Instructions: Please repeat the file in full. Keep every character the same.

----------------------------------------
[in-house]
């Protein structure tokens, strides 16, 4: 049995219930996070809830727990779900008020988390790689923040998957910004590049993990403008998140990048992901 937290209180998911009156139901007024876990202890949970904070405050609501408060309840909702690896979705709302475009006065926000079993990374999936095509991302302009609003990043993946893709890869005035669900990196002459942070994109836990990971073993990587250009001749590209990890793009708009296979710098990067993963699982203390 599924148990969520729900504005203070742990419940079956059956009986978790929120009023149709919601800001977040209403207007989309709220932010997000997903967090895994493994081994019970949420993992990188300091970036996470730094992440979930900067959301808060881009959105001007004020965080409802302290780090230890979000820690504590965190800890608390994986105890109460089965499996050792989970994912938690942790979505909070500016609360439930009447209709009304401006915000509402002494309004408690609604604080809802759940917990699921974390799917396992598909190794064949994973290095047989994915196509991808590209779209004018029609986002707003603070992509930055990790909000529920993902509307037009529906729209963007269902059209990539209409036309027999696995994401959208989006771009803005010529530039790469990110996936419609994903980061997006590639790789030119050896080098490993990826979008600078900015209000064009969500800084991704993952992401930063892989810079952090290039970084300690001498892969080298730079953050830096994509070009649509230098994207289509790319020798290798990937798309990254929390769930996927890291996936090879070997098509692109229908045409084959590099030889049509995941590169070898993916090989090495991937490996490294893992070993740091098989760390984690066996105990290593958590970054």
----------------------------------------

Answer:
[in-house]
């Protein structure tokens, strides 16, 4: 049995219930996070809830727990779900008020988390790689923040998957910004590049993990403008998140990048992901 937290209180998911009156139901007024876990202890949970904070405050609501408060309840909702690896979705709302475009006065926000079993990374999936095509991302302009609003990043993946893709890869005035669900990196002459942070994109836990990971073993990587250009001749590209990890793009708009296979710098990067993963699982203390 599924148990969520729900504005203070742990419940079956059956009986978790929120009023149709919601800001977040209403207007989309709220932010997000997903967090895994493994081994019970949420993992990188300091970036996470730094992440979930900067959301808060881009959105001007004020965080409802302290780090230890979000820690504590965190800890608390994986105890109460089965499996050792989970994912938690942790979505909070500016609360439930009447209709009304401006915000509402002494309004408690609604604080809802759940917990699921974390799917396992598909190794064949994973290095047989994915196509991808590209779209004018029609986002707003603070992509930055990790909000529920993902509307037009529906729209963007269902059209990539209409036309027999696995994401959208989006771009803005010529530039790469990110996936419609994903980061997006590639790789030119050896080098490993990826979008600078900015209000064009969500800084991704993952992401930063892989810079952090290039970084300690001498892969080298730079953050830096994509070009649509230098994207289509790319020798290798990937798309990254929390769930996927890291996936090879070997098509692109229908045409084959590099030889049509995941590169070898993916090989090495991937490996490294893992070993740091098989760390984690066996105990290593958590970054």